Revolution leaves scars on Egypt’s corporate sector
Zawya have released new research that reveals the impact of the Black Swan event on the companies listed on the Egyptian stock exchange.
Zawya, an online provider of business intelligence in the Middle East, released its latest report on the impact of the Egyptian Revolution on the country’s publicly-listed companies.
During the first two months of 2011, Egypt experienced “a low probability, high impact event” – also referred to as a “Black Swan”. The event, known as “Egypt’s 2011 Revolution”, left deep imprints on the Egyptian economy.
Zawya Equity Capital Markets Research analysts measured the economic effects of the revolution on the country as a whole, and studied the effects on companies listed on the Egyptian Exchange. Adapting the same sector classification as the exchange, the Zawya team compared the effects of the revolution among sectors.
In terms of revenues, the sector that recorded the lowest median percentage change was travel and leisure, with a 54% decline, while the highest median was that of the chemicals sector at 20%.
For price, the real estate sector witnessed the sharpest median decline (29%), unlike the median in the Technology sector which saw an appreciation of 2%.
67% of the companies in the telecommunications sector were directly damaged during the revolution, with the Egyptian Company for Mobile Services reporting the highest Direct Damage of around EGP90 million.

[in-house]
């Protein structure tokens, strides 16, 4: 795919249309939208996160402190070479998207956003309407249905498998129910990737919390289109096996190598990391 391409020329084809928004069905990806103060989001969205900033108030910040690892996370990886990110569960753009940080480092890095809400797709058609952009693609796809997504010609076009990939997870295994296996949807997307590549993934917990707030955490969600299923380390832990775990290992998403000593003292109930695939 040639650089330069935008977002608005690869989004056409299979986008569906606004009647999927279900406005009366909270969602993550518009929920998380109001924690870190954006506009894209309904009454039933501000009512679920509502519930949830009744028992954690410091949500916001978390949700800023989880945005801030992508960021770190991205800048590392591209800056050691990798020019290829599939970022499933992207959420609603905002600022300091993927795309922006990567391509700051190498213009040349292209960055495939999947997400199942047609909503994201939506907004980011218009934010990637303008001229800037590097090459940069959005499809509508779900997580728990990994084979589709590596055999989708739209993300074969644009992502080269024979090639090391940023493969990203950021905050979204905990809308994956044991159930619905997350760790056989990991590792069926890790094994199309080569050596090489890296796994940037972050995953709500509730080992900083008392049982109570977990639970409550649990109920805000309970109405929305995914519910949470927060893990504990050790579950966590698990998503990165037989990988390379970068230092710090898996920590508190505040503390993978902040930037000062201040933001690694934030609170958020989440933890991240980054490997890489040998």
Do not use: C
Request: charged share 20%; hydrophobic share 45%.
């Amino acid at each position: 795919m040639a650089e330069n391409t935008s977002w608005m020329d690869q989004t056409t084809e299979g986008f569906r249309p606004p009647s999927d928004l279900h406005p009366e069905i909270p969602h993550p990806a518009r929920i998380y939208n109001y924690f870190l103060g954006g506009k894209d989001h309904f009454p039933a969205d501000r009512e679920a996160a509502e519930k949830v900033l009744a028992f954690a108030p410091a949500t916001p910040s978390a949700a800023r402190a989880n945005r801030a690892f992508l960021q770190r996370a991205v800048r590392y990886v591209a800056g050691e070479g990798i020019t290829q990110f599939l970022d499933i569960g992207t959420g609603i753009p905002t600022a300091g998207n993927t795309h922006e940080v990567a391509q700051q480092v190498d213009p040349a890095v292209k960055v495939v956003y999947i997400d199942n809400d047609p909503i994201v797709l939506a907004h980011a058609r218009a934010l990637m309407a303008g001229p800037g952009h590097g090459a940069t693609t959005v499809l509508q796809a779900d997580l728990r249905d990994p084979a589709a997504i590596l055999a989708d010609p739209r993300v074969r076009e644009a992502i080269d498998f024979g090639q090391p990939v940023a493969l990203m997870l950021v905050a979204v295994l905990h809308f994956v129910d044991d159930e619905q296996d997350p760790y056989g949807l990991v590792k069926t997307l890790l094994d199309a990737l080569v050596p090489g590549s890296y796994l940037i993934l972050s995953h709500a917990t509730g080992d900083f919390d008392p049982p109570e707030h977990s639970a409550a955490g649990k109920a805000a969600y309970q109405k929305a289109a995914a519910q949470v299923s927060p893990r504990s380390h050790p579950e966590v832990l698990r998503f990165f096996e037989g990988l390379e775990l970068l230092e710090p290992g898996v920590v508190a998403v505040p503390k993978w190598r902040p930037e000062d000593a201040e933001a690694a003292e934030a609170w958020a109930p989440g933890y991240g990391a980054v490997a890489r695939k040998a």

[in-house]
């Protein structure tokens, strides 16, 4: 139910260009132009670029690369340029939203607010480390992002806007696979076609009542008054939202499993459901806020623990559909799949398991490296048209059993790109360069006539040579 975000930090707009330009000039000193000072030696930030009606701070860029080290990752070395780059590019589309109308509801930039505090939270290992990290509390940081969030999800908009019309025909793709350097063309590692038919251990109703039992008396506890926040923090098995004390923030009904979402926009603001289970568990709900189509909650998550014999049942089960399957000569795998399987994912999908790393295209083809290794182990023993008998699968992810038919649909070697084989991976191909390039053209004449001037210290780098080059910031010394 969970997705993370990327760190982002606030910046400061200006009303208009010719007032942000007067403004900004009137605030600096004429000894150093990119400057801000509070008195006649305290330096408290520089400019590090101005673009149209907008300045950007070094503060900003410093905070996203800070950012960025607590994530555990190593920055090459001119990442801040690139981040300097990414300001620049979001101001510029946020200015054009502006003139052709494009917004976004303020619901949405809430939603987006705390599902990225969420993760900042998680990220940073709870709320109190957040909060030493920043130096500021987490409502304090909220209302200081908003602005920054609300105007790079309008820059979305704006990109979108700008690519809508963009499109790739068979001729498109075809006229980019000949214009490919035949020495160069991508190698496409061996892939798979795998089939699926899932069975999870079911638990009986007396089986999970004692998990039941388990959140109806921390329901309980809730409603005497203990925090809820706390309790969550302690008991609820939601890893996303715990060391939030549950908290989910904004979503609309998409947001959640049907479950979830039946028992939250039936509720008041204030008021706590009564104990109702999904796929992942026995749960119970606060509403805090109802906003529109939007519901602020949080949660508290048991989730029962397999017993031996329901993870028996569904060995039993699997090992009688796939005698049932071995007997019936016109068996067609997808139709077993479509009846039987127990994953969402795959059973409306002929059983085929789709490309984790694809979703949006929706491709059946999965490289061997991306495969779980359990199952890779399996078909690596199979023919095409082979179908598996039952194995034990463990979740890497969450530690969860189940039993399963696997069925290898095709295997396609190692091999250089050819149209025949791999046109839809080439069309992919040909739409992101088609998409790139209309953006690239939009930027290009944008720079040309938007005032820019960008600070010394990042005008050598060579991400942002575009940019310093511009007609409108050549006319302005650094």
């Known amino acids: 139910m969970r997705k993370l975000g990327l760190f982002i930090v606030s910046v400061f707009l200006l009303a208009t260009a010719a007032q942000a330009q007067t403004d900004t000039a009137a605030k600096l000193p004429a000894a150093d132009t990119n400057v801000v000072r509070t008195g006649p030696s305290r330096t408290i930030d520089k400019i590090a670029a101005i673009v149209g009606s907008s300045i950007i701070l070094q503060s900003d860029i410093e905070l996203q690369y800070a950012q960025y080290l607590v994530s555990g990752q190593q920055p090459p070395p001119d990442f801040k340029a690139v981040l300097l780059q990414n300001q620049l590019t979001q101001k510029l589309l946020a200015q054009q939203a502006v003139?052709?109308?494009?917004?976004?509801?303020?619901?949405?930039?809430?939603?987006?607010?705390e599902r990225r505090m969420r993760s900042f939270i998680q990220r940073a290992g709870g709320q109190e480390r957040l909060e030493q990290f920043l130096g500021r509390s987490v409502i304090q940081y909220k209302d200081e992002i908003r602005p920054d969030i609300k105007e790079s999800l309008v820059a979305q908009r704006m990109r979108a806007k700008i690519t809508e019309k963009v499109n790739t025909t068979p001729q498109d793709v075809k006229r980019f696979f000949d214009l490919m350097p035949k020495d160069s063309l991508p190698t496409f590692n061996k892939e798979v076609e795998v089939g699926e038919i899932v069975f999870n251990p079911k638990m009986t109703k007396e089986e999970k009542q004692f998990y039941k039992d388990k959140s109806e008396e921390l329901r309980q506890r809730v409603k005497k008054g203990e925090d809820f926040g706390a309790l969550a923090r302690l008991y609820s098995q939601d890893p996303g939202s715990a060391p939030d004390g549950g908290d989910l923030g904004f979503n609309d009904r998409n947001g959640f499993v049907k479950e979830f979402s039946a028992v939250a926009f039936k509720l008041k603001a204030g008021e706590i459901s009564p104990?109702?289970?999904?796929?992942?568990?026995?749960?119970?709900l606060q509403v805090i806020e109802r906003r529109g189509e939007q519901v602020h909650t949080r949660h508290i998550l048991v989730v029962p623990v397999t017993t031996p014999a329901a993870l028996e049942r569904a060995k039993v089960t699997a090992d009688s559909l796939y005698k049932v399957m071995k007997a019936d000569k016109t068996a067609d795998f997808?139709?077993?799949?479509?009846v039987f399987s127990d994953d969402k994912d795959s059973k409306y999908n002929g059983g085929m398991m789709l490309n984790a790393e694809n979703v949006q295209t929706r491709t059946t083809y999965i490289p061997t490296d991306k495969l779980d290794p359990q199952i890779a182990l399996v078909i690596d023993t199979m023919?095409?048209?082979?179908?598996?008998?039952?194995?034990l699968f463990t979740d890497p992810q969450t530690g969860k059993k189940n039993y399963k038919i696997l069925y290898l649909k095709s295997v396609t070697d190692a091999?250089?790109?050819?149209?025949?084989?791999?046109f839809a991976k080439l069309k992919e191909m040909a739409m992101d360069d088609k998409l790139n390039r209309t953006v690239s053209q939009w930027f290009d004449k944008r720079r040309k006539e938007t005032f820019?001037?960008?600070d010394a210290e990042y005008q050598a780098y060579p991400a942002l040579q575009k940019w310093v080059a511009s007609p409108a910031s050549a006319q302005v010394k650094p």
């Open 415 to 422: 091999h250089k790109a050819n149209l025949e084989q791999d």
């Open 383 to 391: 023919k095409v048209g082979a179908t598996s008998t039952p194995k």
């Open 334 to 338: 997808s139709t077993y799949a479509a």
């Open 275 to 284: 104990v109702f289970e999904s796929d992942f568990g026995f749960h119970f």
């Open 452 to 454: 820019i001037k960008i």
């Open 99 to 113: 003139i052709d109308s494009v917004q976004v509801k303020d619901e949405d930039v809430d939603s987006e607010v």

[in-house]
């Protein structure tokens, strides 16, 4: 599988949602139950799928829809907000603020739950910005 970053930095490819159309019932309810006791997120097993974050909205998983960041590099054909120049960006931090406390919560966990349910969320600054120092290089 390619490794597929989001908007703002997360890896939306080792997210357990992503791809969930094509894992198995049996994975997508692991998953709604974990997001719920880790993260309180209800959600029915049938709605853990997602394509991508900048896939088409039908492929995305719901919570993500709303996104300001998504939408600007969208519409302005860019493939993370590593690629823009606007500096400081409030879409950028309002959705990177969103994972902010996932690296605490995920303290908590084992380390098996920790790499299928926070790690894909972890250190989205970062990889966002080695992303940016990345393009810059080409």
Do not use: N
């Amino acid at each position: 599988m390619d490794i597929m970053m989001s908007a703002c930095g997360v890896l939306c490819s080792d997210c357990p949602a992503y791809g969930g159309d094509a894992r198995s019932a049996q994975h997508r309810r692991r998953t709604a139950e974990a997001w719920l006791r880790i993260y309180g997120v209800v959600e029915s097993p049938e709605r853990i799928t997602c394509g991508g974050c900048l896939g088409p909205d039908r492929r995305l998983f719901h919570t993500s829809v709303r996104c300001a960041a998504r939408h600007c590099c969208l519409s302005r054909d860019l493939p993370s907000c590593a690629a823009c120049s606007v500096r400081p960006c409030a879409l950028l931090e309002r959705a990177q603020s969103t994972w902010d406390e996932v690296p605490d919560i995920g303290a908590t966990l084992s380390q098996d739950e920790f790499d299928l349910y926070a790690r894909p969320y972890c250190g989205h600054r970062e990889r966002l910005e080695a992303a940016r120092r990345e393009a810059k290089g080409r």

Companies operating within the banking, financial services, and real estate sectors had part of their assets under investigation by Egyptian authorities. 40% of the companies belonging to the basic resources and chemicals sectors reported that at least one of their shareholders’ stakes was frozen, with Telecom Egypt reporting the highest number of Shareholders’ Frozen Stake (11 shareholders).
The team, led by Senior Market Analyst Hasan Shahin and Market Analyst Nicolas Zreik used the companies’ disclosures released on the Egyptian Exchange Website, as per the Egyptian Financial Supervisory Authority’s (EFSA) request, and reflected on Zawya’s platform as the primary source of information. The criteria used were: revenues, price, direct damage, assets under investigation, and shareholders’ frozen stake. Access the full report at www.zawya.com.